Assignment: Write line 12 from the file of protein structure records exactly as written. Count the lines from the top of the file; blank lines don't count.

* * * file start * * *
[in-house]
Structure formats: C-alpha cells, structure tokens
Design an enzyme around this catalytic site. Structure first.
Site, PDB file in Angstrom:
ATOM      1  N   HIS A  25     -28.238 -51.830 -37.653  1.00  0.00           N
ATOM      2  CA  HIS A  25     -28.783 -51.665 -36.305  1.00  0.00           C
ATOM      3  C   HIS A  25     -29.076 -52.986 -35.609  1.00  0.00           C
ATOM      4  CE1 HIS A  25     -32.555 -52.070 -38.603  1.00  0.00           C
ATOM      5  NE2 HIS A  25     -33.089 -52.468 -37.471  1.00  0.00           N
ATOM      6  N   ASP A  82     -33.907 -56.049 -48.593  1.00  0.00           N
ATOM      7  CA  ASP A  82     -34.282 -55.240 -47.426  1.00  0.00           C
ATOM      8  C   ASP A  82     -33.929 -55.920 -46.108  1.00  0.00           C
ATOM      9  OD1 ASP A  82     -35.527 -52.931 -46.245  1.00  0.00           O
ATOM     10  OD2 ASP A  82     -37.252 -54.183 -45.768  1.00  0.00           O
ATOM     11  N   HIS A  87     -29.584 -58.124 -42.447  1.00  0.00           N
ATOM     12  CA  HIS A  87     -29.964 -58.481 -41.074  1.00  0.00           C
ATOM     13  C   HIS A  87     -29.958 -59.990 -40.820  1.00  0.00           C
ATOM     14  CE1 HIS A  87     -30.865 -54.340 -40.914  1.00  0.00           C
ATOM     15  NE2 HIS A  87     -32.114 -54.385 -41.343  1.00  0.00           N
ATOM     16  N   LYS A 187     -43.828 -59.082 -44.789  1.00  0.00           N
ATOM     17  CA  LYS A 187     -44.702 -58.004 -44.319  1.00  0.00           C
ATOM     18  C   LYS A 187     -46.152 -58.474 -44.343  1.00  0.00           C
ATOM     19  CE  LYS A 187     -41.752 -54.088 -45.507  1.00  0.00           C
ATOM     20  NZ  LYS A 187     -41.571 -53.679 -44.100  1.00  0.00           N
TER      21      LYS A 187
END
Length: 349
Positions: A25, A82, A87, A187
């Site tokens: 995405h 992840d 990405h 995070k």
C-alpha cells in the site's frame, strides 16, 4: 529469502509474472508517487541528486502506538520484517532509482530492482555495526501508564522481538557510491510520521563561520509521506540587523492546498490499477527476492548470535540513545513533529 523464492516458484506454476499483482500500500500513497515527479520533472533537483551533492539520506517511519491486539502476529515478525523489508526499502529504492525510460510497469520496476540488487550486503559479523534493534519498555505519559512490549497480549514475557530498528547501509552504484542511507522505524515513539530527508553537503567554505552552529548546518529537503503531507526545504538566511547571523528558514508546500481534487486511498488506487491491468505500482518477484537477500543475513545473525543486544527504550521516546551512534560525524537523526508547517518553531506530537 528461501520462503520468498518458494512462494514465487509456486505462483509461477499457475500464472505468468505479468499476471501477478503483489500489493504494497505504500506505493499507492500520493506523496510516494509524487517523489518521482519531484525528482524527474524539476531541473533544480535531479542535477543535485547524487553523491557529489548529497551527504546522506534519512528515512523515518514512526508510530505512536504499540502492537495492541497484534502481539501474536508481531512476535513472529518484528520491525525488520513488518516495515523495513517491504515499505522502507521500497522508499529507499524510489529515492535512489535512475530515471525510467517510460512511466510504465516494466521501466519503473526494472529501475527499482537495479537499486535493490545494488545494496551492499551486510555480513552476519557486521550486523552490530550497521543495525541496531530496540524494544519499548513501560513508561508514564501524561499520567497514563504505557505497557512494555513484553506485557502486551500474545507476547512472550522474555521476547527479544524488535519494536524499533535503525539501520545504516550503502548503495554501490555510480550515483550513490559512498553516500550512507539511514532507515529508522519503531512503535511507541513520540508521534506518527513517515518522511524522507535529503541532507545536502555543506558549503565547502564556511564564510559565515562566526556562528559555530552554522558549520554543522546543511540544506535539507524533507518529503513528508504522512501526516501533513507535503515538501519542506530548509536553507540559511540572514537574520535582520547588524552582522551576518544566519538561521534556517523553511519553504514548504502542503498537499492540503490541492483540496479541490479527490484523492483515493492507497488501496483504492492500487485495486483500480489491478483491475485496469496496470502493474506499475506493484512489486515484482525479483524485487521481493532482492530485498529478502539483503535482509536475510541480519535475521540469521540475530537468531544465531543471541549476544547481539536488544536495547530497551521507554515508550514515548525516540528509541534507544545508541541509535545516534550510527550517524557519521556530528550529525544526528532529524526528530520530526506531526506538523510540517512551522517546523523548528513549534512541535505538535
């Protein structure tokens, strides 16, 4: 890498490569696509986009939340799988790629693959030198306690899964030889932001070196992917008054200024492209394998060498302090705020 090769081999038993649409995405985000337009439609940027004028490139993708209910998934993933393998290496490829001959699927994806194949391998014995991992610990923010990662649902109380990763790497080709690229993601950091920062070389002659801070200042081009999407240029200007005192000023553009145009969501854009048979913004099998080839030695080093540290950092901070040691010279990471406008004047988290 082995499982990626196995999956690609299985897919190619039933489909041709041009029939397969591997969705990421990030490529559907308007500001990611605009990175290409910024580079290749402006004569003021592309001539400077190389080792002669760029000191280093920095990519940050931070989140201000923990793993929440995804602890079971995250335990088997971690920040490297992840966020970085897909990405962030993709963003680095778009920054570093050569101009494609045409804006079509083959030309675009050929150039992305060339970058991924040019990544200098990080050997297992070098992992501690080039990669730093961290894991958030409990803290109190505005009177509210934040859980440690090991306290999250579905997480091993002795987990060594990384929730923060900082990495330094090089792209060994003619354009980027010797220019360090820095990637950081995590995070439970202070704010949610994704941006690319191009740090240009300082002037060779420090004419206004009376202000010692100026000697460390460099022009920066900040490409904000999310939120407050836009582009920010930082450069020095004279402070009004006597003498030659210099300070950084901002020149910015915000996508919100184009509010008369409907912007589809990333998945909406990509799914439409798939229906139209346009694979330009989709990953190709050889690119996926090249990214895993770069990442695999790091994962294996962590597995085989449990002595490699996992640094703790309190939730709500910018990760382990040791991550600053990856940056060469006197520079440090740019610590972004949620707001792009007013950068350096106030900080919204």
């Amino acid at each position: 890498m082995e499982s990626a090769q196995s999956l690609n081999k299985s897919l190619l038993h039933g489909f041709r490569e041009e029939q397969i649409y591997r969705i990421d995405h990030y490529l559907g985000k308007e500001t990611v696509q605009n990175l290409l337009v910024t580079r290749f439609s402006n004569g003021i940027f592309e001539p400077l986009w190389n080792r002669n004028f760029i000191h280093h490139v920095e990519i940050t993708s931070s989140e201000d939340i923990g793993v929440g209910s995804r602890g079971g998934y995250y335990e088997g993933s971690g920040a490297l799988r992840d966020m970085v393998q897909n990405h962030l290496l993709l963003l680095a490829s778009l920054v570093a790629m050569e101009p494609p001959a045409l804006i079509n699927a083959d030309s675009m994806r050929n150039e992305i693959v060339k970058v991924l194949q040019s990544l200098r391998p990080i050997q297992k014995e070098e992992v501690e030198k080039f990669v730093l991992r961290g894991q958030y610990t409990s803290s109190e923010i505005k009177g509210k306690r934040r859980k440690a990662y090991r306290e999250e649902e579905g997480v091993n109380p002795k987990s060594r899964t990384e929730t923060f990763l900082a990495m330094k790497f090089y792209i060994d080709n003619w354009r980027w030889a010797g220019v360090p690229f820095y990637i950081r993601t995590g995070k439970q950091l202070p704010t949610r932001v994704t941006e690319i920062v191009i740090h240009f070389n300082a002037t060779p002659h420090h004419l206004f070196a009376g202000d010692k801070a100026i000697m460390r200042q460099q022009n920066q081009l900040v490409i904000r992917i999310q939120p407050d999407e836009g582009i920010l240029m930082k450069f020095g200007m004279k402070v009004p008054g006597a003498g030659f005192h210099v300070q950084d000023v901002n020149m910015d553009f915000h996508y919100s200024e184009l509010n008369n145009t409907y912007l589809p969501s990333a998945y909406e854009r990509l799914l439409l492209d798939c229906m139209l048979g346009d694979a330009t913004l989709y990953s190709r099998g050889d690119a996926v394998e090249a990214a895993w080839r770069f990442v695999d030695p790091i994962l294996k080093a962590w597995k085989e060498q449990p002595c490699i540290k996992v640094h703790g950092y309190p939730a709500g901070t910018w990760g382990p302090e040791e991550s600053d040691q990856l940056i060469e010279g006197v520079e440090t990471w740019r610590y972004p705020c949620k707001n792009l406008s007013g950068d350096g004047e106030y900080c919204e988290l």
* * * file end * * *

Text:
ATOM      8  C   ASP A  82     -33.929 -55.920 -46.108  1.00  0.00           C